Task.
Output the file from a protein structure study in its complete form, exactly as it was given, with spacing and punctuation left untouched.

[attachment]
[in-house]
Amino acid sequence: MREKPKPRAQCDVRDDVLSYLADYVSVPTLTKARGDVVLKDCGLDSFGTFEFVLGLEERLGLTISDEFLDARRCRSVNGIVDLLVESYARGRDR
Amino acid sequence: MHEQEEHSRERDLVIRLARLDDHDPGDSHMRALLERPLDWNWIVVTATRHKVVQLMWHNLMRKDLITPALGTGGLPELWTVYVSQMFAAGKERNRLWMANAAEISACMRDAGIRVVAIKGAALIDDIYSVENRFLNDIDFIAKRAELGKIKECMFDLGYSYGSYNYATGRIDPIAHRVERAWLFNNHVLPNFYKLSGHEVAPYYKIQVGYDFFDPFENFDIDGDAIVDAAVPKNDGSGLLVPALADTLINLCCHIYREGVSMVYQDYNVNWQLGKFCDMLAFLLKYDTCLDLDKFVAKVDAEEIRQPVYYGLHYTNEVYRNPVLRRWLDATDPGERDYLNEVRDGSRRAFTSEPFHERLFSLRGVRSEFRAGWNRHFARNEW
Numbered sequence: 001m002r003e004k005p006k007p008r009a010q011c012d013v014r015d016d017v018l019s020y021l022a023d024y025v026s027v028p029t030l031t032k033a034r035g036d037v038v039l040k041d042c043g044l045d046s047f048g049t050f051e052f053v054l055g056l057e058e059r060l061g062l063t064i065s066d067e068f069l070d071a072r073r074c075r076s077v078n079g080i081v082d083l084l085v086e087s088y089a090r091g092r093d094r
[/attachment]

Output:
[in-house]
Amino acid sequence: MREKPKPRAQCDVRDDVLSYLADYVSVPTLTKARGDVVLKDCGLDSFGTFEFVLGLEERLGLTISDEFLDARRCRSVNGIVDLLVESYARGRDR
Amino acid sequence: MHEQEEHSRERDLVIRLARLDDHDPGDSHMRALLERPLDWNWIVVTATRHKVVQLMWHNLMRKDLITPALGTGGLPELWTVYVSQMFAAGKERNRLWMANAAEISACMRDAGIRVVAIKGAALIDDIYSVENRFLNDIDFIAKRAELGKIKECMFDLGYSYGSYNYATGRIDPIAHRVERAWLFNNHVLPNFYKLSGHEVAPYYKIQVGYDFFDPFENFDIDGDAIVDAAVPKNDGSGLLVPALADTLINLCCHIYREGVSMVYQDYNVNWQLGKFCDMLAFLLKYDTCLDLDKFVAKVDAEEIRQPVYYGLHYTNEVYRNPVLRRWLDATDPGERDYLNEVRDGSRRAFTSEPFHERLFSLRGVRSEFRAGWNRHFARNEW
Numbered sequence: 001m002r003e004k005p006k007p008r009a010q011c012d013v014r015d016d017v018l019s020y021l022a023d024y025v026s027v028p029t030l031t032k033a034r035g036d037v038v039l040k041d042c043g044l045d046s047f048g049t050f051e052f053v054l055g056l057e058e059r060l061g062l063t064i065s066d067e068f069l070d071a072r073r074c075r076s077v078n079g080i081v082d083l084l085v086e087s088y089a090r091g092r093d094r